People seek him out because they think he tells it like it is, and the first thing on their minds is usually real estate, and whether they should sell. Turner makes one thing clear: there is nothing wrong with home ownership per se. He owns a home in Caledon, a former inn built in 1855 that he and his wife restored at a cost of hundreds of thousands of dollars. (He calls heritage properties—“musty old buildings full of mould and creatures”—his personal fetish.) “We all need a place to live,” he observes. “But we have allowed that one asset to overwhelm everything else. All of a sudden, people wake up and 90 per cent of their money is in one thing.”

  • Smoking Man

    You goofs forgot to talk about the great one, the only one the GREATEST PREDICTOR OF THINGS IN THE WORLD


  • John

    Mr. Turner has been wrong more than he’s been right… or, at best, he was right too early. My wife and I bought a home in 1996, in one of Mr. Turner’s supposed “Demand Areas” here in the heart of Toronto. 18 months before we bought it, it was listed for $580K. We bought it for $325K. And we know several other couples who benefitted from this major house price correction in our neighbourhood, again in what Mr. Turner calls a “Demand Area”, where corrections are supposed to be minimal. We recently sold our house for $975K, three times what we paid for it sixteen years ago. We know many, many couples in our neighbourhood who have fared far better than we have. Had we listened to Mr. Turner and sold our home in 2008, 2009, 2010 or 2011, think of the money
    we would not have made on the sale of our home. Literally hundreds of thousands of dollars. Literally years and years of money to put toward our rent, here in the same neighborhood, while we design and build our dream home in the country. Our advice to others is stop listening to supposed market gurus and analysts. Their timing is always off. And, more importantly, stop incurring debt. Stop it! Good luck to one and all!

  • Ry

    Toronto Life should just stop writing about real estate markets. Any article I have read in Toronto Life is all substance and no fact. Toronto Life has interviewed many of my colleagues in the past, who work in the real estate industry and none of the positive/true facts have been published. I understand that fear sells media, but I would have thought Toronto Life whould have a little more class than this for the Toronto citizen.

  • John

    Ry: Remember, the media, including our good TL is in the business of created havoc, selling magazines, get people talking and create a buzz. Nothing more and nothing less. The fact that we have taken precious time from our hard day at work to write and comment on their never ending doom & gloom articles on Toronto, tells us a lot!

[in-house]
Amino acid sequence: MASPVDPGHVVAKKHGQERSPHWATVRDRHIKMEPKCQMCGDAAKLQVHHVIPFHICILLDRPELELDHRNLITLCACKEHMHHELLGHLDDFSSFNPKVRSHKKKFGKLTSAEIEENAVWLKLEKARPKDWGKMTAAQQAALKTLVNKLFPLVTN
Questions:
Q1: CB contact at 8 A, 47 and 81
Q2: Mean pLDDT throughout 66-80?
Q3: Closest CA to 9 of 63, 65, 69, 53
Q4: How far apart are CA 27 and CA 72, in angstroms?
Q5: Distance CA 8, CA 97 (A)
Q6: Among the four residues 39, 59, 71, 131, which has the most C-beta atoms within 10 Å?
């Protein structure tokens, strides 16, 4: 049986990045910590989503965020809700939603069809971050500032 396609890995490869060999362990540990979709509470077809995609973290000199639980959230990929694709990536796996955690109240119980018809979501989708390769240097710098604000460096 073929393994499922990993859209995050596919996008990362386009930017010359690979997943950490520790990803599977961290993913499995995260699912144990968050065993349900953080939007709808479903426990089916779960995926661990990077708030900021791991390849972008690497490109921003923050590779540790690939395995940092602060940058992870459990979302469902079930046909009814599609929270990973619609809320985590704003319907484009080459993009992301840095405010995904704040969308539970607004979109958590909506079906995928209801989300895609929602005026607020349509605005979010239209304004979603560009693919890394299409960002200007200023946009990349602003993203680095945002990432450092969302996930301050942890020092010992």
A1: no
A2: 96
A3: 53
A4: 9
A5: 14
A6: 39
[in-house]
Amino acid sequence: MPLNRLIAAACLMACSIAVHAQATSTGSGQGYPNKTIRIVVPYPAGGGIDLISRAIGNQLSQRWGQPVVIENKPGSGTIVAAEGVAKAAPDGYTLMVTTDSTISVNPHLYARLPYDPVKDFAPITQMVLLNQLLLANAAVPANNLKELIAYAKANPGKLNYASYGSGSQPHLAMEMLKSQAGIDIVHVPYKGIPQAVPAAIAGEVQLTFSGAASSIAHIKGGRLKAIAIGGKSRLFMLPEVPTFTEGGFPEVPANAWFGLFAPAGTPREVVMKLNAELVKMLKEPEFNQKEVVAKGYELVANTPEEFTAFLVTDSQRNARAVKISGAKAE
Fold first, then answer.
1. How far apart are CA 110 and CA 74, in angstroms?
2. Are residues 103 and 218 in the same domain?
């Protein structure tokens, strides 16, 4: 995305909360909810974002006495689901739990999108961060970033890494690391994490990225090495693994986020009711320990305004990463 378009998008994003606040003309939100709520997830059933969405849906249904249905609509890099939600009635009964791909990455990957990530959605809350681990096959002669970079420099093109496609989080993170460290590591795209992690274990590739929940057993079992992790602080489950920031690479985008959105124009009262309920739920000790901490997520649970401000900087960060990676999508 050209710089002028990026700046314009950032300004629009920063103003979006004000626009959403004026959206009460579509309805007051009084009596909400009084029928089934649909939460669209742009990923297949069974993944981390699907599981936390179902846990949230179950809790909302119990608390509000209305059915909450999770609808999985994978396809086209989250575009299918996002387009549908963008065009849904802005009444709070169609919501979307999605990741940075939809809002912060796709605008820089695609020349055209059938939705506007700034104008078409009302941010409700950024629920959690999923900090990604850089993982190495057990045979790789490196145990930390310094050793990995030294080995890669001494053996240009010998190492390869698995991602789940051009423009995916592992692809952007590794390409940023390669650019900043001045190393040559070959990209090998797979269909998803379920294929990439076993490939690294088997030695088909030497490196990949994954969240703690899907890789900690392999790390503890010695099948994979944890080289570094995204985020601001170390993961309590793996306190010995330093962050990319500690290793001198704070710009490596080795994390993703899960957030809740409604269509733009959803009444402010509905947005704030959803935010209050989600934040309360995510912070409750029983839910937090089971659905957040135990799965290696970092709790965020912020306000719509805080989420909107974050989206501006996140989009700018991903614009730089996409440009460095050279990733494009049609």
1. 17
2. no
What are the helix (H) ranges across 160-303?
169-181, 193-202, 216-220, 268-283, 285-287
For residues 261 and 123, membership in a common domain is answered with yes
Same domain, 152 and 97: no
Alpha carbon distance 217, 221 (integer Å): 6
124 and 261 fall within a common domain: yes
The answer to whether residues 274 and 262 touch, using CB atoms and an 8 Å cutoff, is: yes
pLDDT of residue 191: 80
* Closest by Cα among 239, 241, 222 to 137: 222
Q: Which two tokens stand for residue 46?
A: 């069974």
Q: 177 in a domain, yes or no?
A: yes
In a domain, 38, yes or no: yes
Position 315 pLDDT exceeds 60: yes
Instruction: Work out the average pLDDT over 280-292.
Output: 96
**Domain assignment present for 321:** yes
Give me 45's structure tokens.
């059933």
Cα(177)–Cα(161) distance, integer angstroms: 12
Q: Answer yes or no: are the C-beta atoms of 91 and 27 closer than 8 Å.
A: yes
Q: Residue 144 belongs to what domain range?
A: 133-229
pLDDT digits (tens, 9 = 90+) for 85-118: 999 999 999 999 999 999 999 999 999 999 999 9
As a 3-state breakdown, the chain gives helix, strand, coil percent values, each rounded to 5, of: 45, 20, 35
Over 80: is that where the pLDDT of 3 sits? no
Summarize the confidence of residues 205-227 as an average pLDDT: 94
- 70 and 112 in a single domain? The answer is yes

• Rappy

    I dominate this article and Garth turner.

  • Reality Check

    Garth Turner’s predictions are actually quite moderate, but get painted as “doom & gloom” by everyone with a vested interest in selling real estate.

    The fact that every mainstream/Big Bank economist now essentially predicts the same 15%+ national correction in prices is proof that Garth is not some whackjob spewing out extremist views.

    The #1 message on is to have diversification — i.e. not put more than X% of your net worth into your house, and not to put all of your eggs into any one basket (including gold, houses, bonds, equities, or any other asset type).

  • Coraline

    “Any article I have read in Toronto Life is all substance and no fact.”

    Do you understand what you just said, or did you just write something that you vaguely remember hearing someone else saying? Ahhh, the fine minds in the real estate business.

  • Joe Mancinelli

    On any given day amy person’s opinion can be correct and can be incorrect.
    Let us hope he is incorrect.
    I believe in Toronto and in Ontario and I believe the “glass is half full”.
    I dont like wild swings (up or down) and hope we find a happy median.
    Joe Mancinelli

  • Benjamin

    The funniest thing about this article is that a few days later, the mortgage rules were changed to address fear of a potential housing market bubble. If it’s become a concern, we’ve already gone past the point of potential bubble.

  • samantha

    torontolife is NOT a business magazine

    it is a recreational mag , so dont put any stock in anything it or its free , that is freelance writers , say.

  • Doug

    The point Garth is trying to get across is if you buy now in an overpriced market like Toronto or Vancouver, the risk of downward price movement is much greater than up. Consider the the United States and many European countries (the latest casualty being Ireland) have had a real estate booms that went bust. Also consider that Canada is NOT immune to real estate busts, having experienced them in the early 1980′s and early 1990′s. Why should this time be any different? It’s impossible to predict how high prices will go and when during any kind of bubble (gold, tech stocks, real estate, and other assets), and it’s also impossible to predict how low they will go and when after the bubble collapses.